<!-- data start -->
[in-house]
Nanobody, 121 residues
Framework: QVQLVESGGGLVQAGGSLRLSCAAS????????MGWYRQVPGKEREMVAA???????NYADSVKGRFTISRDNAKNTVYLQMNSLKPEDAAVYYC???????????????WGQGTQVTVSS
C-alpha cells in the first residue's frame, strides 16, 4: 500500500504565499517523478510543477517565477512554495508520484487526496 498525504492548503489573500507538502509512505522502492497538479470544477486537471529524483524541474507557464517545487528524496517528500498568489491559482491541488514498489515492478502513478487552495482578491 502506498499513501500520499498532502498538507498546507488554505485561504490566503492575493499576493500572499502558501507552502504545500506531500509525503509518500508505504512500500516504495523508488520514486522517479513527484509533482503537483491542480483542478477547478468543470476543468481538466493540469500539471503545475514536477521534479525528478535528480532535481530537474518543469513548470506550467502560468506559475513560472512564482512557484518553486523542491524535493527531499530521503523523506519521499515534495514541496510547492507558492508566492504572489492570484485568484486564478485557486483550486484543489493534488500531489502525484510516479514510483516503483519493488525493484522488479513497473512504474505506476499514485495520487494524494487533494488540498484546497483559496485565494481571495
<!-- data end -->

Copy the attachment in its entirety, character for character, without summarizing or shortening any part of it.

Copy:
[in-house]
Nanobody, 121 residues
Framework: QVQLVESGGGLVQAGGSLRLSCAAS????????MGWYRQVPGKEREMVAA???????NYADSVKGRFTISRDNAKNTVYLQMNSLKPEDAAVYYC???????????????WGQGTQVTVSS
C-alpha cells in the first residue's frame, strides 16, 4: 500500500504565499517523478510543477517565477512554495508520484487526496 498525504492548503489573500507538502509512505522502492497538479470544477486537471529524483524541474507557464517545487528524496517528500498568489491559482491541488514498489515492478502513478487552495482578491 502506498499513501500520499498532502498538507498546507488554505485561504490566503492575493499576493500572499502558501507552502504545500506531500509525503509518500508505504512500500516504495523508488520514486522517479513527484509533482503537483491542480483542478477547478468543470476543468481538466493540469500539471503545475514536477521534479525528478535528480532535481530537474518543469513548470506550467502560468506559475513560472512564482512557484518553486523542491524535493527531499530521503523523506519521499515534495514541496510547492507558492508566492504572489492570484485568484486564478485557486483550486484543489493534488500531489502525484510516479514510483516503483519493488525493484522488479513497473512504474505506476499514485495520487494524494487533494488540498484546497483559496485565494481571495